Let's not kid ourselves, it is rough out there right now for marketing. From blank billboards to an 33 percent dive in digital ads, marketers are jittery to say the least. Frankly, they are faced with unprecedented challenges, both personal and professional. From furloughs and job cuts to postponed or cancelled launches, the impact on the industry is understandable, if daunting and demoralizing. Feeling fearful about marketing right now -- the risk of being perceived as tone deaf or insincere and faced with infinite uncertainties -- is a completely justifiable sentiment.
However, there is risk associated with allowing marketing to go completely dark. While we are in no position to pretend that it is "business as usual" right now, we are creative problem solvers. We've seen tough times before. And, unfortunately, we are bound to see them again.
First and foremost, you must kind to yourself and empathetic to others and you need to keep your priorities firmly in their place. However, you can extend these values to the work you do during this challenging time. It will help you weather this crisis and position you and the brands and businesses you represent, to rebound with responsiveness, agility, and strength.
The good news is that audiences are highly engaged with the media right now. The impact of Covid-19 on media consumption has been profound. We need only look at our own behavior to get a sense of it. Significantly, however, it does have some generational variances that are worth considering as we cautiously move forward with our marketing plans.
According to a Global Web Index report, Boomers are watching more television (up 45 percent) and have increased their online video viewing 21 percent. Gen X is not far off, watching 45 percent more television and 35 percent more digital video. While both Millennials and Gen Z have both increased their consumption on these mediums, they are leaning hard into gaming, with a more than 30 percent uptick.
The fact is that, after an initial rush to news in an attempt to understand the medical and economic implications of the pandemic, people across all generations have turned to entertainment mediums as coping mechanisms and as a way to fill the free time they might have otherwise spent outside of their homes. People are even increasing their subscriptions to print magazines. This means that we are presented with-- pardon the expression-- a truly captive audience, across generations, and across a wide range of platforms.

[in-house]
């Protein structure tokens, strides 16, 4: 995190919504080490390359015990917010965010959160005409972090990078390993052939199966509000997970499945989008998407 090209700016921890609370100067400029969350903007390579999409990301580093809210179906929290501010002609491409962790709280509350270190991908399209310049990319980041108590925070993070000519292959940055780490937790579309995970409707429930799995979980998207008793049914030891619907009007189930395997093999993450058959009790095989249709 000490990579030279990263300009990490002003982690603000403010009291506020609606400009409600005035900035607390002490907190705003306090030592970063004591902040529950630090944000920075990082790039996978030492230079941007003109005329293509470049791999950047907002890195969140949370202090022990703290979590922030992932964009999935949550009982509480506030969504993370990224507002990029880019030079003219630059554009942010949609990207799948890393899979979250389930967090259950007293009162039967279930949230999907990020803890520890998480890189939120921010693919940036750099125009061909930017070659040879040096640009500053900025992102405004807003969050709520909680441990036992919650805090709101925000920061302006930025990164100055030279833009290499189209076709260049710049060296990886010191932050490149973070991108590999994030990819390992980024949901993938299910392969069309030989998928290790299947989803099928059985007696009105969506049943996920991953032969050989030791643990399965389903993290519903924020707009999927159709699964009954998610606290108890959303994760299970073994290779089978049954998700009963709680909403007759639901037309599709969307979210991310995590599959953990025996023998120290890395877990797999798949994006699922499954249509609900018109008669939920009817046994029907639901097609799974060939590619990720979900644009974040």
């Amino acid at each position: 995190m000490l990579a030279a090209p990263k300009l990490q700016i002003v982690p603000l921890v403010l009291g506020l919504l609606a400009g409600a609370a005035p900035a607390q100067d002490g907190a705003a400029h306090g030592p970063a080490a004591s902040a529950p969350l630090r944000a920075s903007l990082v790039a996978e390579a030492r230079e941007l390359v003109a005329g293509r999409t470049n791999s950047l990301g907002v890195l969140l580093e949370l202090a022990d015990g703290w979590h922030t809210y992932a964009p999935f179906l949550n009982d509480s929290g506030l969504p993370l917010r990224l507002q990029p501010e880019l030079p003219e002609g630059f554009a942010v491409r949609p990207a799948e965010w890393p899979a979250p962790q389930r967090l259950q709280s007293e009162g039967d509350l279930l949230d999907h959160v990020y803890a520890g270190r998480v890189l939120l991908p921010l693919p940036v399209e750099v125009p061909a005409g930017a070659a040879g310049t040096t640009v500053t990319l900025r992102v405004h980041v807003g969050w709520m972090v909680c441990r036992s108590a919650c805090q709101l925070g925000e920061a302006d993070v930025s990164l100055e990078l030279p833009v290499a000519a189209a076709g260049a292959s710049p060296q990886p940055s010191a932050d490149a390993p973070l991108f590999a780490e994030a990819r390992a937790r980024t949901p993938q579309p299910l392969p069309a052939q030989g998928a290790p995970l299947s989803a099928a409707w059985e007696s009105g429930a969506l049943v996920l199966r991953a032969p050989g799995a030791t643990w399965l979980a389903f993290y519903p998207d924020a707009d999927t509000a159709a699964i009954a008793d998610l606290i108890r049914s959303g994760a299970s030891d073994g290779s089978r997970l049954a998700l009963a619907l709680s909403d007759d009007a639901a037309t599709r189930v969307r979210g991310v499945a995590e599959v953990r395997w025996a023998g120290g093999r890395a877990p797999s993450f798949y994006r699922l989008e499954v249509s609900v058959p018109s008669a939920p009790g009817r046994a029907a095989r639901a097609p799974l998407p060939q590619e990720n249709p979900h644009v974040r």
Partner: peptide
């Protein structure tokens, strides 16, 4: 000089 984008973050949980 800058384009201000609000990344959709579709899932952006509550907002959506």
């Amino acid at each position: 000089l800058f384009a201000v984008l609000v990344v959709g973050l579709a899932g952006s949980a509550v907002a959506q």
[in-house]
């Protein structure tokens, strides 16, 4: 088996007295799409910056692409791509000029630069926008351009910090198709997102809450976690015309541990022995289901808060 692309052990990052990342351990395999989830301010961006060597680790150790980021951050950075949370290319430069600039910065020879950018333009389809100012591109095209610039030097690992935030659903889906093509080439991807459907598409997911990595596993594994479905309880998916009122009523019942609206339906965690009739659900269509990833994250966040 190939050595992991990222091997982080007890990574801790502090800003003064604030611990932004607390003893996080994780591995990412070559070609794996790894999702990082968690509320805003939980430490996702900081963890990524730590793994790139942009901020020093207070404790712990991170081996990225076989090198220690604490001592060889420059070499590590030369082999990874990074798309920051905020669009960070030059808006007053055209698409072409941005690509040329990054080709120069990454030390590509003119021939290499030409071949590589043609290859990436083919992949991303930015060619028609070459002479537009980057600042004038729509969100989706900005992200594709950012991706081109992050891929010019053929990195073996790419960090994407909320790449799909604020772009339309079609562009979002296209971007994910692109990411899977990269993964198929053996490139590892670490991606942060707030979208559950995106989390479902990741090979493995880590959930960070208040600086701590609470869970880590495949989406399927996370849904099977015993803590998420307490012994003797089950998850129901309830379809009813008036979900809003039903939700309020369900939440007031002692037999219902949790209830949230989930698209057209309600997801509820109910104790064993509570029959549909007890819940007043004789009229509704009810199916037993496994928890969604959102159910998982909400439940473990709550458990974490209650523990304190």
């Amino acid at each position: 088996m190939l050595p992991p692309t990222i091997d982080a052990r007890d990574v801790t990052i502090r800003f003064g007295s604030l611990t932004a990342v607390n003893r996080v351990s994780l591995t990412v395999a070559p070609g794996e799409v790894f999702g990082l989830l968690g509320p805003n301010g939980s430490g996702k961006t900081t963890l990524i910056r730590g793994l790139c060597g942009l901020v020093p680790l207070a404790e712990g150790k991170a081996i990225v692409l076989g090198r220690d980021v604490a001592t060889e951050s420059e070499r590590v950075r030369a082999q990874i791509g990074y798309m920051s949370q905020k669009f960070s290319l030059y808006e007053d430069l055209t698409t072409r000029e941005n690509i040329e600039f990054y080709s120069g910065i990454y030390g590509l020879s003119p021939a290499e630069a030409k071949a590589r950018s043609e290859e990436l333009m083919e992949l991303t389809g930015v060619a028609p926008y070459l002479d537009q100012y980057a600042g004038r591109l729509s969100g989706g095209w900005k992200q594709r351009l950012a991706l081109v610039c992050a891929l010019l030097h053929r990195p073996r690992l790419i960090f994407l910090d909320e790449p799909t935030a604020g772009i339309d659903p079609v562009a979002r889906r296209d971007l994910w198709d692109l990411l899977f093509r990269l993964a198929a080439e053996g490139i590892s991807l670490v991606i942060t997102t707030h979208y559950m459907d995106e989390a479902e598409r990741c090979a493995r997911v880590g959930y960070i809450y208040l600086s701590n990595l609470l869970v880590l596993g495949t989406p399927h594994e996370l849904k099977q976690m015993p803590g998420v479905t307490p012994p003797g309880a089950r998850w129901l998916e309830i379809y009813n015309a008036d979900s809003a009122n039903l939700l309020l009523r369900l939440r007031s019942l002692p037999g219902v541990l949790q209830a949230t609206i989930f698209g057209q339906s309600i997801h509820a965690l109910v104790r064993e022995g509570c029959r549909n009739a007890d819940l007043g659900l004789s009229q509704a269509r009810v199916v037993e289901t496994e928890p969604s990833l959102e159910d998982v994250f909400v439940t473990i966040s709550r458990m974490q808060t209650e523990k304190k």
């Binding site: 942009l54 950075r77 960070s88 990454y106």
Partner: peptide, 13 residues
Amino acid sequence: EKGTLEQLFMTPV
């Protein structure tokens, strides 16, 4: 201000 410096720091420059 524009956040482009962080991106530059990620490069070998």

Mindset and Messaging
In terms of messaging to the right-now consumer, the key is that we are all in this together. Consumers, faced with their own job uncertainty, for example, are keen to do business with companies caring for their own employees.
Educational and informative messages are also both useful and engaging. These are particularly well suited to placement alongside news content, which is racking up attention (and which, according to the Association of National Advertiers, offers a highly suitable setting for most advertising). But, like the other content people are drawn to now, lighthearted and uplifting messages will also resonate. As ever, carefully consider the customer, your messaging, and the context of your placement.
That said, none of us plan to be in business for the short term. Thus, beyond consumers' immediate needs, we need to think about our goal to develop long-lasting customer relationships. It is impressive to see everyone from family restaurants to car companies innovate with contactless buying experiences. Innovation, pivots, and helping customers cope with the challenges they currently face will create meaningful impressions.
However, it is equally inspiring to witness public service moves, such as AT&T offering doctors and nurses three free months of unlimited wireless service, news sites offering free access to critical Covid-19 coverage, Adobe's offer of free access to its Creative Cloud for students learning from home, or America's Test Kitchen providing free access to sorely-needed recipes. Being there alongside your customers - be they frontline workers or newly homeschooling parents - will forge a lasting bond.
We all face uncertainty now, for our health, for our loved ones, for our jobs, and for the larger economy. Marketers: Your concerns are real. However, remember that we are in this together. And marketers who can extend that empathy beyond immediate forecasts and the confines of the current situation will poise themselves for success.
The customer is watching. The customer is reading. The customer is listening. Deliver a meaningful message now, as always, and you will better weather the storm and build a business that lasts.